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A possible decline in the incidence and severity of Behçet's disease: implications for an infectious etiology and oral health



2010 Vol.28, N°4 ,Suppl.60
PI 0086, PF 0090

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PMID: 20868578 [PubMed]

Received: 24/01/2010
Accepted : 26/03/2010
In Press: 24/09/2010
Published: 24/09/2010


Behçet`s disease (BD) is a systemic and inflammatory disorder mainly present along the ancient Silk Road, from the Mediterranean to East Asia. A wide range of prevalence figures (0.1–420/100.000) are reported for BD, also among populations of similar ethnicity living in different countries. Recently, a decline of the incidence of BD and a change of the disease spectrum to less severe mucocutaneous manifestations is reported from Japan, a genetically homogenous, affluent population with limited immigration. Among environmental factors, a change in atopy/allergic disorders and a decline in infections are two possible mechanisms for this epidemiological change. A shift in Th1/Th2 immune balance towards Th2-associated immune responses are possible, however `hygiene hypothesis` associated with this approach does not explain the recent trend of the increase in Th1-associated disorders such as inflammatory bowel disease and multiple sclerosis in Western Countries. We hypothesise that a decline in oral infections, associated with the improvement in oral health in Japan, could be behind this decline. Better epidemiological studies in other populations will show whether this decline is a worldwide trend and may provide a better understanding of the environmental factors associated with the onset or relapses of BD, leading a way to new therapeutic approaches.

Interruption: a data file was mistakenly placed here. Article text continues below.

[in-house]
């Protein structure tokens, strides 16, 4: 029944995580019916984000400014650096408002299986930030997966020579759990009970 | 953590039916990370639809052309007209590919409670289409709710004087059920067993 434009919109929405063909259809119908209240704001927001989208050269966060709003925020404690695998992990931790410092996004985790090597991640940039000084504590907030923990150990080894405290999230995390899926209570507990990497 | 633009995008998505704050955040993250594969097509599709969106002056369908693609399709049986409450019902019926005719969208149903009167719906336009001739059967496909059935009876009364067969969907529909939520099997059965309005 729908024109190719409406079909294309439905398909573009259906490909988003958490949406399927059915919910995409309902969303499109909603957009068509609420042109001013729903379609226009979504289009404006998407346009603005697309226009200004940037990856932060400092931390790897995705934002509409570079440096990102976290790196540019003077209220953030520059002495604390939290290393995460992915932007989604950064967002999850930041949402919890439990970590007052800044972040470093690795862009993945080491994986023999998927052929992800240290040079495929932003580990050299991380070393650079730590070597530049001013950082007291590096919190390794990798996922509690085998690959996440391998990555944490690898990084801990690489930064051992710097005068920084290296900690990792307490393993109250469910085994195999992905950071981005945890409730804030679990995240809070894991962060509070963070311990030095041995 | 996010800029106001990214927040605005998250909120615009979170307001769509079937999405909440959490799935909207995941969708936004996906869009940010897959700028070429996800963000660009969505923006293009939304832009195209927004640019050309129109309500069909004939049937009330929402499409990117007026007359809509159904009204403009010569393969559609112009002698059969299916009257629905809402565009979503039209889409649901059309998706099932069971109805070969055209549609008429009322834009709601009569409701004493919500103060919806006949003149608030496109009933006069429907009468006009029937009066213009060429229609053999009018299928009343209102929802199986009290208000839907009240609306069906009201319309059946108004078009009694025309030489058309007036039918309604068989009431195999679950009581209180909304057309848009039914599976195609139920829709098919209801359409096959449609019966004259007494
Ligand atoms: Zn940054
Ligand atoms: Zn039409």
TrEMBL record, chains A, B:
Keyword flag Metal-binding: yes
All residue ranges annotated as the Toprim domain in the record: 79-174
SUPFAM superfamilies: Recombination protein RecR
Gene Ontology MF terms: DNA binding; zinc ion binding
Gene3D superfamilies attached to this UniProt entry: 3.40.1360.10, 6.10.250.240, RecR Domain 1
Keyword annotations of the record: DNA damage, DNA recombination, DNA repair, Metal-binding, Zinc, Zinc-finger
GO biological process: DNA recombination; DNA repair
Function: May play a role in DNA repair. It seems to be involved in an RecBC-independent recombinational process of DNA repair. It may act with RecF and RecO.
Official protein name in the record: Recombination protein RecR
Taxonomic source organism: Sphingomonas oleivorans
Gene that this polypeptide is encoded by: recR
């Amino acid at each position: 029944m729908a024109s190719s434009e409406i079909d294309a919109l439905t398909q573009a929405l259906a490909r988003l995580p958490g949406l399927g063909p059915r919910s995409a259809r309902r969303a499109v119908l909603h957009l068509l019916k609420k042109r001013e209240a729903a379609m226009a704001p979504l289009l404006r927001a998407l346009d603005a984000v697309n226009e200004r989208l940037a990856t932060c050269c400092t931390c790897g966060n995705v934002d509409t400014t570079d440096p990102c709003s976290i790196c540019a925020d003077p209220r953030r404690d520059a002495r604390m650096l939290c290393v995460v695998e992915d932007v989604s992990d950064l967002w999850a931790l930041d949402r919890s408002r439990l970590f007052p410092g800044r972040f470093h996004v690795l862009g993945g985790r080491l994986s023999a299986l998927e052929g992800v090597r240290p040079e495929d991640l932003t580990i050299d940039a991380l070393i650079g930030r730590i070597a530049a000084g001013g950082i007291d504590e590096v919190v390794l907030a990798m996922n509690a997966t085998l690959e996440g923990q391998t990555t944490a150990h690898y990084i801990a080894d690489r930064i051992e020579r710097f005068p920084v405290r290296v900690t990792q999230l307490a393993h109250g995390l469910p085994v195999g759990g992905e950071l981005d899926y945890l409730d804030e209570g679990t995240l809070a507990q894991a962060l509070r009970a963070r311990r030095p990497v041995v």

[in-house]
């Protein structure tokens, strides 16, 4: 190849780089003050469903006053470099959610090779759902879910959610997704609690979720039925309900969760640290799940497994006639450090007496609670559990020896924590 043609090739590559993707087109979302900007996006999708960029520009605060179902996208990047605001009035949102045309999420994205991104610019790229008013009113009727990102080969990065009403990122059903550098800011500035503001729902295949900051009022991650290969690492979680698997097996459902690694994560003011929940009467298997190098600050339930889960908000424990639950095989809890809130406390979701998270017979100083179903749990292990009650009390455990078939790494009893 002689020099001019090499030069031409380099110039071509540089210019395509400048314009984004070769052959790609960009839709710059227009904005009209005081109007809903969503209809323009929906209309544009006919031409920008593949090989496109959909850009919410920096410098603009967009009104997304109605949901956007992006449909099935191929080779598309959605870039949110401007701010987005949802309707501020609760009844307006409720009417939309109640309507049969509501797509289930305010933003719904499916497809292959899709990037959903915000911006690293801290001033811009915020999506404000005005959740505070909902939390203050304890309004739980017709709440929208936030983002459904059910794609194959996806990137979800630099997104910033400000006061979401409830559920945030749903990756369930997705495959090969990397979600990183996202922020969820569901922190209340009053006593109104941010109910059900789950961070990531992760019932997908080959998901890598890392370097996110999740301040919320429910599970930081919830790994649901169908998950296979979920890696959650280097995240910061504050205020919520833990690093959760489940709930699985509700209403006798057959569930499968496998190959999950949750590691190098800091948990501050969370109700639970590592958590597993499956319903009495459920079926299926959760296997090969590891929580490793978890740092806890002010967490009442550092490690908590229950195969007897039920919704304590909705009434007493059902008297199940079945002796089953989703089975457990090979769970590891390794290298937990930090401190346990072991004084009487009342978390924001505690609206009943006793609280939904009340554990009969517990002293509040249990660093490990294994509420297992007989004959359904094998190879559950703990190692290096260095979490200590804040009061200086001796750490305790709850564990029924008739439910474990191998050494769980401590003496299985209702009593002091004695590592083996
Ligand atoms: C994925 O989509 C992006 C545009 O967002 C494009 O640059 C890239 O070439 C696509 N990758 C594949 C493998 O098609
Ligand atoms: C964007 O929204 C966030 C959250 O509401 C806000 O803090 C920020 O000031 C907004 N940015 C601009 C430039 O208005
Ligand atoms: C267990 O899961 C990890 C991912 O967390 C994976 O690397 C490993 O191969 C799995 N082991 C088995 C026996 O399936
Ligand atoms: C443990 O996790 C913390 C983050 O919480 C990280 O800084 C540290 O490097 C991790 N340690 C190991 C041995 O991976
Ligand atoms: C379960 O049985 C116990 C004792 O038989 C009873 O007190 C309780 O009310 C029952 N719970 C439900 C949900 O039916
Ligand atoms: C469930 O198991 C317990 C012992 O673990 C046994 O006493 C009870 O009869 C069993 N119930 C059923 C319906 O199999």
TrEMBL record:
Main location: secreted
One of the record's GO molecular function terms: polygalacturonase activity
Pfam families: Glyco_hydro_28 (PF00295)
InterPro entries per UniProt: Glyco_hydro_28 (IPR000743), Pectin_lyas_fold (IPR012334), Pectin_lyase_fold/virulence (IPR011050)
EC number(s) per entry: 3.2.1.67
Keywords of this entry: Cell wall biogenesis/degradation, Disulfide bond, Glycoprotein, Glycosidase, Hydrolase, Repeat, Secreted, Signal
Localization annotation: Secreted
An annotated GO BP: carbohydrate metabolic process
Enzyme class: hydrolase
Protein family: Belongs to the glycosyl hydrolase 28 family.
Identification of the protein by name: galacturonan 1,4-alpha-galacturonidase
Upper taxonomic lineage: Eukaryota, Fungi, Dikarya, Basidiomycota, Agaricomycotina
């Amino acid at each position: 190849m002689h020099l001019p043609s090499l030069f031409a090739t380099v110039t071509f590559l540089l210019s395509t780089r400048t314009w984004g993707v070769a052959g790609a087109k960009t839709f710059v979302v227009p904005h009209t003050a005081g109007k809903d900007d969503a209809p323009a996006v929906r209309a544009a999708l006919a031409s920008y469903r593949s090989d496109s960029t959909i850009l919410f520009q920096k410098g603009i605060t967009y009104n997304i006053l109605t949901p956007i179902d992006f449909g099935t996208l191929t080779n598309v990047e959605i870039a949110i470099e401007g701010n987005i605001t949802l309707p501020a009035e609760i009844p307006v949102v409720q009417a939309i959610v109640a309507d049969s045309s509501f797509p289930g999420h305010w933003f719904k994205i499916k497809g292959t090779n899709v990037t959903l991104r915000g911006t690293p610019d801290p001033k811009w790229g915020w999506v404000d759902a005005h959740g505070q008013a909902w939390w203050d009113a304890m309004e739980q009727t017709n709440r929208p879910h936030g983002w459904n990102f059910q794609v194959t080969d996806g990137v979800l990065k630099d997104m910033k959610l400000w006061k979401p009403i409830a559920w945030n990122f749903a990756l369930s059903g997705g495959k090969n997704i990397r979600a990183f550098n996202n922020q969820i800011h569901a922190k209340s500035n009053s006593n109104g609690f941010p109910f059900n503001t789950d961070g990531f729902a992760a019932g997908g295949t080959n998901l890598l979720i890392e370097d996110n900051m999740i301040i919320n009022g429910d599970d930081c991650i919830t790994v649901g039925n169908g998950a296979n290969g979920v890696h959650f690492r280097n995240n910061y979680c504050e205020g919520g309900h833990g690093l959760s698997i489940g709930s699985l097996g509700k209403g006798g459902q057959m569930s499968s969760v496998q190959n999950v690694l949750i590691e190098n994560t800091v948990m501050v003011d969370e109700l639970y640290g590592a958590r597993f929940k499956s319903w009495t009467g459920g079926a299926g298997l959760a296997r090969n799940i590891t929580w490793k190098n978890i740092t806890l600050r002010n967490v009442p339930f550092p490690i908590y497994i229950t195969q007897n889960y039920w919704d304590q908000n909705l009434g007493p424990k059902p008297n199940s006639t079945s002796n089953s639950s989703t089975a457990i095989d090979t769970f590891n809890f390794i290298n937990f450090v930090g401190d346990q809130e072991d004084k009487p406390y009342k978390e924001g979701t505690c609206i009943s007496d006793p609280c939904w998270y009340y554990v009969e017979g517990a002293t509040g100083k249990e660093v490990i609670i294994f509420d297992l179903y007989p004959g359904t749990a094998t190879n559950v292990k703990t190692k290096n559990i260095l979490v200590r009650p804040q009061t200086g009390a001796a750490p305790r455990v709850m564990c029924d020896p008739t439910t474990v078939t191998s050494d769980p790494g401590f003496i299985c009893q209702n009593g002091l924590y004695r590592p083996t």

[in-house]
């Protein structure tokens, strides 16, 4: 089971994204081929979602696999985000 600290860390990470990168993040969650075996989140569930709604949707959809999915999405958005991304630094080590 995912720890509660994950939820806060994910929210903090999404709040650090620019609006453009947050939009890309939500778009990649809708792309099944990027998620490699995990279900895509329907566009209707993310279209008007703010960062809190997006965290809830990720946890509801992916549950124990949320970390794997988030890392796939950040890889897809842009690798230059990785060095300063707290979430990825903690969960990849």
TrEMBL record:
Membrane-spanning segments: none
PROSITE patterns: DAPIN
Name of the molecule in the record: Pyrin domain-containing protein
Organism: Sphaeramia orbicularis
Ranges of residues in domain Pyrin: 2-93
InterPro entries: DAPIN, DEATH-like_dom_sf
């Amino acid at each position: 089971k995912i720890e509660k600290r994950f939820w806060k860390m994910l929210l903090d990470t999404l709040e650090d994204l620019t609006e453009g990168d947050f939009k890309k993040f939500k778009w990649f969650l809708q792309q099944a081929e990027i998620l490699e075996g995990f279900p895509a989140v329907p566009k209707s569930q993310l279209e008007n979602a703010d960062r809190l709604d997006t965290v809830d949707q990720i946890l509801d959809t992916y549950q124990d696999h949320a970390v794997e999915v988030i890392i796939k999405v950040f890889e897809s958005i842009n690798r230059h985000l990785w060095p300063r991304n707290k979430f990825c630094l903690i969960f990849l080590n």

Rheumatology Article